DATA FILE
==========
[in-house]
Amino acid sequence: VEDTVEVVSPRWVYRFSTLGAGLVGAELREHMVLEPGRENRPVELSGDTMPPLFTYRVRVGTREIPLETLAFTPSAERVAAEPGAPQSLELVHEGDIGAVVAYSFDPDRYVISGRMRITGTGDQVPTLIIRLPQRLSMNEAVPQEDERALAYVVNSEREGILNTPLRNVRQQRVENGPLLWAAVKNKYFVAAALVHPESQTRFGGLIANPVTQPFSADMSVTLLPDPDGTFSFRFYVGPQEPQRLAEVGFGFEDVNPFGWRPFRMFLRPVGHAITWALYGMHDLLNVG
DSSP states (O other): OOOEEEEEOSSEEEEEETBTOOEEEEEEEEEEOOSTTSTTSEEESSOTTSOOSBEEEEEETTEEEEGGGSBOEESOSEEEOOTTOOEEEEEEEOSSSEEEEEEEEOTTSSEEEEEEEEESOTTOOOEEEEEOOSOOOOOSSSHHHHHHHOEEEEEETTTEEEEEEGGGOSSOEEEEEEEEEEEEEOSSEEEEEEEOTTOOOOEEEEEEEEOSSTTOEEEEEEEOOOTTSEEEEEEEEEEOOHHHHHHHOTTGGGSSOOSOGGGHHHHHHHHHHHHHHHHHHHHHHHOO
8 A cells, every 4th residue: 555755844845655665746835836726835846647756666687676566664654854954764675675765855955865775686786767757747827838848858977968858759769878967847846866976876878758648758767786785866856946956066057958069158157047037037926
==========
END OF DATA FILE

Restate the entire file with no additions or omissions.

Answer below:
[in-house]
Amino acid sequence: VEDTVEVVSPRWVYRFSTLGAGLVGAELREHMVLEPGRENRPVELSGDTMPPLFTYRVRVGTREIPLETLAFTPSAERVAAEPGAPQSLELVHEGDIGAVVAYSFDPDRYVISGRMRITGTGDQVPTLIIRLPQRLSMNEAVPQEDERALAYVVNSEREGILNTPLRNVRQQRVENGPLLWAAVKNKYFVAAALVHPESQTRFGGLIANPVTQPFSADMSVTLLPDPDGTFSFRFYVGPQEPQRLAEVGFGFEDVNPFGWRPFRMFLRPVGHAITWALYGMHDLLNVG
DSSP states (O other): OOOEEEEEOSSEEEEEETBTOOEEEEEEEEEEOOSTTSTTSEEESSOTTSOOSBEEEEEETTEEEEGGGSBOEESOSEEEOOTTOOEEEEEEEOSSSEEEEEEEEOTTSSEEEEEEEEESOTTOOOEEEEEOOSOOOOOSSSHHHHHHHOEEEEEETTTEEEEEEGGGOSSOEEEEEEEEEEEEEOSSEEEEEEEOTTOOOOEEEEEEEEOSSTTOEEEEEEEOOOTTSEEEEEEEEEEOOHHHHHHHOTTGGGSSOOSOGGGHHHHHHHHHHHHHHHHHHHHHHHOO
8 A cells, every 4th residue: 555755844845655665746835836726835846647756666687676566664654854954764675675765855955865775686786767757747827838848858977968858759769878967847846866976876878758648758767786785866856946956066057958069158157047037037926